Every day,  I understand more and more about his shallowness . He is simply not a whole or a healthy person. He began the new relationship with me based on lies about habits he had twenty years ago. He simply told me that he’d grown up and these weren’t issues for him anymore. It turns out he was completely untruthful about this. When I began to discover the truth and ask him about his lies, he began pursuing another woman.

And being shallow, he lacked the honesty to tell me that he’d found a new love interest so that I could move on with my life. Being shallow, he lacked decency and/or respect, and by his silence about his second girlfriend, he encouraged me to continue driving six hours round trip every month for our relationship which I never doubted was monogamous. In the past 18 months while he’s been sleeping with this other woman without my knowledge, I’ve used up roughly three weeks of my vacation time from work to visit him. How incredibly rude of him to let me take all these vacation days and travel all this time to see him when he knew that my seeing  him was predicated on a complete falsehood!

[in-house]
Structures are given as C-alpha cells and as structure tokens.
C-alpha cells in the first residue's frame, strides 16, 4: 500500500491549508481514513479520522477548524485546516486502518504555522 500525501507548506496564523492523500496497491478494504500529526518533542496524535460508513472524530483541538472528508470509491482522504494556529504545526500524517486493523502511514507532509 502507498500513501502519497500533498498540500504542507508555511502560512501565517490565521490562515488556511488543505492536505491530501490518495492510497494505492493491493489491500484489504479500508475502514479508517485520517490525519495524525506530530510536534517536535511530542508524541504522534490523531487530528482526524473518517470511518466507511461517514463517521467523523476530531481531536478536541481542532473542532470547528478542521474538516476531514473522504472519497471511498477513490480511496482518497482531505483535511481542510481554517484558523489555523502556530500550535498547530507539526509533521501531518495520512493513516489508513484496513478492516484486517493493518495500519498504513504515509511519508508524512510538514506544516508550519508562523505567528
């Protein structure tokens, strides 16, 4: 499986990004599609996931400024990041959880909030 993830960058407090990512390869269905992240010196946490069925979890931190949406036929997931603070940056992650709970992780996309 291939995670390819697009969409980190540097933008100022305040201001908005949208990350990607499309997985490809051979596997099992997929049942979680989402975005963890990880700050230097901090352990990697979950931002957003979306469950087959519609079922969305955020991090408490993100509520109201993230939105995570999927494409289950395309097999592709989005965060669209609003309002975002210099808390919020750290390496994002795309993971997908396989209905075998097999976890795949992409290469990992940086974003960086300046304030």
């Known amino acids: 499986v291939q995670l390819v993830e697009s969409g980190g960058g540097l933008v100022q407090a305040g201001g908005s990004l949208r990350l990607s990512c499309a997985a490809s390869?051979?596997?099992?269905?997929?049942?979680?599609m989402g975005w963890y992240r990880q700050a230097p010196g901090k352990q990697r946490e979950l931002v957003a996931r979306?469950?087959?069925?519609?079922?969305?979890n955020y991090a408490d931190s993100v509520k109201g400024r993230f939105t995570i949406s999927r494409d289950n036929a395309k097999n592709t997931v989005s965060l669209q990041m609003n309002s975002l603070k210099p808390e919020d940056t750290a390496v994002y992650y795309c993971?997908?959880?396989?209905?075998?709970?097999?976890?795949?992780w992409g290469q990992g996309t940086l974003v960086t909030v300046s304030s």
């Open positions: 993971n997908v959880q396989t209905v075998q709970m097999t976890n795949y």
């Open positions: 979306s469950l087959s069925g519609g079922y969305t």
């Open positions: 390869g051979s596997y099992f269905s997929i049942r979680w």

I’m not sure if even ten percent of anything he’s told me in the past three years has been the truth.

I am glad to be out of it- I feel like an animal who has wriggled out of a trap. How long was he going to continue to deceive me? He took advantage of my geographical location to begin another relationship and simply did not tell me. It’s one of the oldest tricks in the book. My eyes weren’t open wide enough.

Every day now I remember more of the thousands of small unkindnesses which began happening more and more often in the past few months. I did not see them for what they truly were- unkind acts, words, deeds, gestures, because they didn’t fit into the context of the reality that I wanted to see- he was kind, devoted, had loved me for 25 years, etc.

Learning painful lessons is not fun. For the rest of my life I will never trust anyone easily again. Is this the right way to live? I am grateful that I escaped intact. These types of situations can turn out much worse. This man and I have no legal relationship, we have no financial connections. It’s just done.